- Seeing Through Layers: Translucent Materials in Architectureon February 19, 2024 at 4:00 pm
CO2 Pavilion Beijing / Superimpose Architecture. Image © Beijing Shardisland Technology Co., Ltd. Translucency, at its essence, is an optical property that enables ...
- Nanoelectronics from the bottom upon February 19, 2024 at 9:52 am
Such areas include the development of 3D multifunctional nanoelectronic and hybrid nanoelectronic ... independent of material or substrate, provides a new way to consider building the future.
- Basic Materials Roundup: Market Talkon February 16, 2024 at 2:01 pm
The latest Market Talks covering Basic Materials. Published exclusively on Dow Jones Newswires at 4:20 ET, 12:20 ET and 16:50 ET. 0740 ET – Agnico Eagle Mines logged a 4Q earnings beat and ...
- Materials Science Newson February 13, 2024 at 4:00 pm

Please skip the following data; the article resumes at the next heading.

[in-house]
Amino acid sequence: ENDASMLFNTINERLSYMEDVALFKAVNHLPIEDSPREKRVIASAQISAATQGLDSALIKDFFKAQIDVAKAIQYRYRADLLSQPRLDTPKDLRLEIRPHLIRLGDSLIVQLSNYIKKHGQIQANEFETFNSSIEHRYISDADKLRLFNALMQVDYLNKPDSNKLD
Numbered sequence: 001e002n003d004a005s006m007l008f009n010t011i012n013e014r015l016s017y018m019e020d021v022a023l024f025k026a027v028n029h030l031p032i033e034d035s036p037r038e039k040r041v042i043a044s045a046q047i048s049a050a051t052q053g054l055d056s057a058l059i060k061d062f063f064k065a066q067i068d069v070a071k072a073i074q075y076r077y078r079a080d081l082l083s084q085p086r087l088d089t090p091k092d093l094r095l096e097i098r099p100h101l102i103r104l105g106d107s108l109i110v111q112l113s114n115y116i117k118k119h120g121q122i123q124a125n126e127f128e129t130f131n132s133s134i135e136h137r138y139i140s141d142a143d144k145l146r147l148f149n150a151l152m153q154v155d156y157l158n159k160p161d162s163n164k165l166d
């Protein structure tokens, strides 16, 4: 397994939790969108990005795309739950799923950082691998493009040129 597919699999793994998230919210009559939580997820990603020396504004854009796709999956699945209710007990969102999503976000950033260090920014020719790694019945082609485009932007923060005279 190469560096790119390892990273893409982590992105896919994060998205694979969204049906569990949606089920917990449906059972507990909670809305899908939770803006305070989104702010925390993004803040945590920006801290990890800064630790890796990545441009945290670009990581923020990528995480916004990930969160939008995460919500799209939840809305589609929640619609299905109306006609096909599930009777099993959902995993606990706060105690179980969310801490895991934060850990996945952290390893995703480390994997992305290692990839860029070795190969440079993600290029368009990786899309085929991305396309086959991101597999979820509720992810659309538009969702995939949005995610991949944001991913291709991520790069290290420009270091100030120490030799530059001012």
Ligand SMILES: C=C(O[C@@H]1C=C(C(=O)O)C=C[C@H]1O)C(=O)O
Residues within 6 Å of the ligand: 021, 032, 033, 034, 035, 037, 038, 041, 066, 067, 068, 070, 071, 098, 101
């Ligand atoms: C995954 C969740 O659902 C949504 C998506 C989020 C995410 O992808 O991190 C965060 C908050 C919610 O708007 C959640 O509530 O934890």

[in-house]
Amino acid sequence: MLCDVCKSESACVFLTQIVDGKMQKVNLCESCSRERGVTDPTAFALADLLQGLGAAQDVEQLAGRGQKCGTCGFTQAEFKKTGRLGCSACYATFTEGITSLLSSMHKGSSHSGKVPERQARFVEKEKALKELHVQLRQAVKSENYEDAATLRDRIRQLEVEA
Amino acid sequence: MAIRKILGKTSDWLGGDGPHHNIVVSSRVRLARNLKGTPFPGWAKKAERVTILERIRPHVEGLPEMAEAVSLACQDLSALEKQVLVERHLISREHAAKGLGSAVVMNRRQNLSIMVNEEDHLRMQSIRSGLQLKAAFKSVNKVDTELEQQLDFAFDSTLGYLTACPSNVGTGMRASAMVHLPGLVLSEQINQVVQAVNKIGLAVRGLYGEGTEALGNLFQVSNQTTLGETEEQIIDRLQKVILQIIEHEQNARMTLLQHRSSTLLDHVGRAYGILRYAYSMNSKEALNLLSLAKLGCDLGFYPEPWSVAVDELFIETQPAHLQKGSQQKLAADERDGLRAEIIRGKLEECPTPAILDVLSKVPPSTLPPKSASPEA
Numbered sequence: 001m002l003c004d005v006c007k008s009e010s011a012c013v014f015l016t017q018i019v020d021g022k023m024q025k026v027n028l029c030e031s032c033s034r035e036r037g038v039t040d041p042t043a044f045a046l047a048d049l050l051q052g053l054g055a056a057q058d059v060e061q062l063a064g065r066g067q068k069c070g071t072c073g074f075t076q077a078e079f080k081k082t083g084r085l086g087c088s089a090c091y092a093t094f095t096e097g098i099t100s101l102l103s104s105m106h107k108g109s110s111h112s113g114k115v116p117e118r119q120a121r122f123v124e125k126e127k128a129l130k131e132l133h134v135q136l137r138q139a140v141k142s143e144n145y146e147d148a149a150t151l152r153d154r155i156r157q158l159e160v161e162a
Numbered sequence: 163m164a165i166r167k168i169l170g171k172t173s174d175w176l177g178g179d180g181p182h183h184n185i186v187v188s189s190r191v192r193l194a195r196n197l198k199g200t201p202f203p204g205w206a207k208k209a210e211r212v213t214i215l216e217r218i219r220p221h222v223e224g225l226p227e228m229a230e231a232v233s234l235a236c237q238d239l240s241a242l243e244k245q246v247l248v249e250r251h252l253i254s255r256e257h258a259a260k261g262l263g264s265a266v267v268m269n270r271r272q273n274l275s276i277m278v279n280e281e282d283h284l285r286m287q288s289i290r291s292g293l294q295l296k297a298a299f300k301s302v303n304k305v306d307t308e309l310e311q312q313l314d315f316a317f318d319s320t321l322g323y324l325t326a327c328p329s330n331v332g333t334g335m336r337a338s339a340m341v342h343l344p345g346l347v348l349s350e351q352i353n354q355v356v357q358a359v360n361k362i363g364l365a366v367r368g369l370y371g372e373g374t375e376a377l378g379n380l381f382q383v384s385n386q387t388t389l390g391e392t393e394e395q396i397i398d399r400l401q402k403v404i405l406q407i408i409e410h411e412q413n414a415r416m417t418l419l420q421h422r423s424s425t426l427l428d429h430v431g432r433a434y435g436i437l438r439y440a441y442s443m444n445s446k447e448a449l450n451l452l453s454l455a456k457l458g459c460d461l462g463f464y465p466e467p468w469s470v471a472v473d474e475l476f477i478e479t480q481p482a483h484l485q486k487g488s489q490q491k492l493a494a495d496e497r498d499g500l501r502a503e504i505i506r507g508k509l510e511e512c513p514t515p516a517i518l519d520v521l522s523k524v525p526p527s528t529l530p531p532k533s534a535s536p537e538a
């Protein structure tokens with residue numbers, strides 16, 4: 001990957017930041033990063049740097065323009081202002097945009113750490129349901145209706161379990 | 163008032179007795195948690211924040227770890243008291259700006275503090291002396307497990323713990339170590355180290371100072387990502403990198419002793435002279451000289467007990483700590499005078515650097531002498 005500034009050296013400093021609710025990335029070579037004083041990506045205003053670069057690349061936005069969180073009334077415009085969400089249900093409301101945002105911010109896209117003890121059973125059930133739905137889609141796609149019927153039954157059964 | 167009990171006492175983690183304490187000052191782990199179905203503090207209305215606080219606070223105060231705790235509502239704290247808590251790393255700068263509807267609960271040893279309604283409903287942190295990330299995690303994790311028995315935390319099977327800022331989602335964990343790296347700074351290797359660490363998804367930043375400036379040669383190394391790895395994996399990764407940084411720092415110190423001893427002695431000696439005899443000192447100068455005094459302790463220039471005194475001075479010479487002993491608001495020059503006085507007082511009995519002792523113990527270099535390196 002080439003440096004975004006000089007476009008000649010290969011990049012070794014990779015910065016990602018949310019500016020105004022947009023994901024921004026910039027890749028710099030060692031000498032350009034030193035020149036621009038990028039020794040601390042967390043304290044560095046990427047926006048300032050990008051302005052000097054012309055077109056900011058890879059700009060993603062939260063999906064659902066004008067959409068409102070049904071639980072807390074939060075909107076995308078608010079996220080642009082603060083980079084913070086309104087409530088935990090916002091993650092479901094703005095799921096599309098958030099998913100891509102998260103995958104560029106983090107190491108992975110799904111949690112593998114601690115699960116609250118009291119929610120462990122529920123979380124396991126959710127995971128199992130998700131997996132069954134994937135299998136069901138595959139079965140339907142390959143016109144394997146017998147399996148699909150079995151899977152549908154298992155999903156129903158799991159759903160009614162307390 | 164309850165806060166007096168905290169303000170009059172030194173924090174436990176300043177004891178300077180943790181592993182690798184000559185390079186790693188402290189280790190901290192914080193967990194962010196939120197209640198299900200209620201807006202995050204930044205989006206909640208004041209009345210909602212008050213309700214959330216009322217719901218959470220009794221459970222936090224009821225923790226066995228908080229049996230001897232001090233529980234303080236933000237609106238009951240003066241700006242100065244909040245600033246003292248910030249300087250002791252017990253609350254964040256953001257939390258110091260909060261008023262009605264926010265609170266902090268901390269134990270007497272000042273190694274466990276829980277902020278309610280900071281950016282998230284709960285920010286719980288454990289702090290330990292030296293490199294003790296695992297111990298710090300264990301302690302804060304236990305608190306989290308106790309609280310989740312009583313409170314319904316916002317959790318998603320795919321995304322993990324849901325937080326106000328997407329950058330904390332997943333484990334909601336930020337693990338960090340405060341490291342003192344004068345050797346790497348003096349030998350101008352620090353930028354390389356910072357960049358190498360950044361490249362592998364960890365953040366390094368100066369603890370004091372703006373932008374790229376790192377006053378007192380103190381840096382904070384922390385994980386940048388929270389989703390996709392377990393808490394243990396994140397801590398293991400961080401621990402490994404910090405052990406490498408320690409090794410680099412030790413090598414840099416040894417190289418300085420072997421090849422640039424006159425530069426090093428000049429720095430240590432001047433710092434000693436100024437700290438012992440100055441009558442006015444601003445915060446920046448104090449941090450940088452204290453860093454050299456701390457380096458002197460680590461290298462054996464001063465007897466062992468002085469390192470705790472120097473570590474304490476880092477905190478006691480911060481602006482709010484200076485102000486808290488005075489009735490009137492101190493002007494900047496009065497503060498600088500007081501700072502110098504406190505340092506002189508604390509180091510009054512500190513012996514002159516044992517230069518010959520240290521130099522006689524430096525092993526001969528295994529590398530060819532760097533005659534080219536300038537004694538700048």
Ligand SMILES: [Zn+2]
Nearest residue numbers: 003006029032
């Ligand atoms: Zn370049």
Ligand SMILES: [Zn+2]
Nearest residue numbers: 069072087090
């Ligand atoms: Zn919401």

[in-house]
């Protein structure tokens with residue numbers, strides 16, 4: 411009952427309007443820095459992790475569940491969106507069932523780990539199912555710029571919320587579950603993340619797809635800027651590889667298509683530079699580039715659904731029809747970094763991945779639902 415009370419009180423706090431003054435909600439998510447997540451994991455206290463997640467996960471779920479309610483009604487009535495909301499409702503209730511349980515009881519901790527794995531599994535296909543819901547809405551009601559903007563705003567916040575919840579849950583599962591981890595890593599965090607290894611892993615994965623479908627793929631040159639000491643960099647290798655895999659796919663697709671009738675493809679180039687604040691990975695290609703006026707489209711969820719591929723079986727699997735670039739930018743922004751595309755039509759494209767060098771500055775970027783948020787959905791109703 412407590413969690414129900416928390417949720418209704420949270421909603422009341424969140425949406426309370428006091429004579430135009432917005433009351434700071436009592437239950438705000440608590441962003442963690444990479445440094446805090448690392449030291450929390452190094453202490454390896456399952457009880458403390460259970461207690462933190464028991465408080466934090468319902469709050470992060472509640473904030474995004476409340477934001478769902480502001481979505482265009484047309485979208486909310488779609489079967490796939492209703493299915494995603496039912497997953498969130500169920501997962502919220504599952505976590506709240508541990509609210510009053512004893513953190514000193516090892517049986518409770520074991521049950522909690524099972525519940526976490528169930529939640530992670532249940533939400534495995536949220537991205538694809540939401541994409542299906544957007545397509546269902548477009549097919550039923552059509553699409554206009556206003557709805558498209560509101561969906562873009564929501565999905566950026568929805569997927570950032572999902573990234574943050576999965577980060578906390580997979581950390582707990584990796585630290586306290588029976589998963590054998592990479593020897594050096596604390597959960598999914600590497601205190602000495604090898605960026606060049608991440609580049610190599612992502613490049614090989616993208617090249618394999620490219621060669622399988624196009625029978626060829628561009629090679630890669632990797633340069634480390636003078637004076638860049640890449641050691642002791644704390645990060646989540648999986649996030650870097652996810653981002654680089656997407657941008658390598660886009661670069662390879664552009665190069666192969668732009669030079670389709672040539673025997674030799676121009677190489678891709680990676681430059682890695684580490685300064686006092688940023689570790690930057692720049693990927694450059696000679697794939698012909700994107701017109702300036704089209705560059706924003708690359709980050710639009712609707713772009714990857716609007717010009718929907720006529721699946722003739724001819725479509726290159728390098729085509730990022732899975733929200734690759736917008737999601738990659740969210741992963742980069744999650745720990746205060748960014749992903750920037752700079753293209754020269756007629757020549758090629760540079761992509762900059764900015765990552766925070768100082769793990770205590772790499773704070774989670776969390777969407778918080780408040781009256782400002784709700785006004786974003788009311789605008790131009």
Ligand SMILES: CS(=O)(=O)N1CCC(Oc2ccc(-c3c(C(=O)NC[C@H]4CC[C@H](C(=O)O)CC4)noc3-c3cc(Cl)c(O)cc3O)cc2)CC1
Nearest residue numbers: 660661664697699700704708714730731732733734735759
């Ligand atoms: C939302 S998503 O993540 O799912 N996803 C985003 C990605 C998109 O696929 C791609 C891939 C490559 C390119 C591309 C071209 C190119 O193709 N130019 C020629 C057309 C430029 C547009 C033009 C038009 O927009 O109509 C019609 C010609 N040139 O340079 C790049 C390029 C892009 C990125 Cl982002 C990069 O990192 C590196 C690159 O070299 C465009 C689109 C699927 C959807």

Feb. 15, 2024 — Ferromagnetism and antiferromagnetism have long been known to scientists as two classes of magnetic order of materials. Back in 2019, researchers postulated a third class of ...
- Lesson 1.2 - Testing Materials to Learn About Their Propertieson February 8, 2024 at 3:15 pm
Students will develop an understanding that objects and materials can be tested to learn about their properties. Students will help plan and conduct different tests on the materials. Students will be ...
- Materials Researchon February 7, 2024 at 6:56 am
UDRI conducts comprehensive research and development in the full spectrum of materials. Since 1957, our work in material types, materials characterization, materials phenomena, and materials ...
- 10 Top Materials Stocks Of February 2024on February 5, 2024 at 4:01 pm
Commissions do not affect our editors' opinions or evaluations. Materials like metal, concrete and chemicals are the foundation of the global economy—every sector requires basic materials ...
- Mark Hersam Elected to National Academy of Engineeringon February 5, 2024 at 4:01 pm
Hersam was cited for “the synthesis, purification, functionalization, and application of low-dimensional nanoelectronic materials.” As director of the Northwestern University Materials Research ...
via Bing News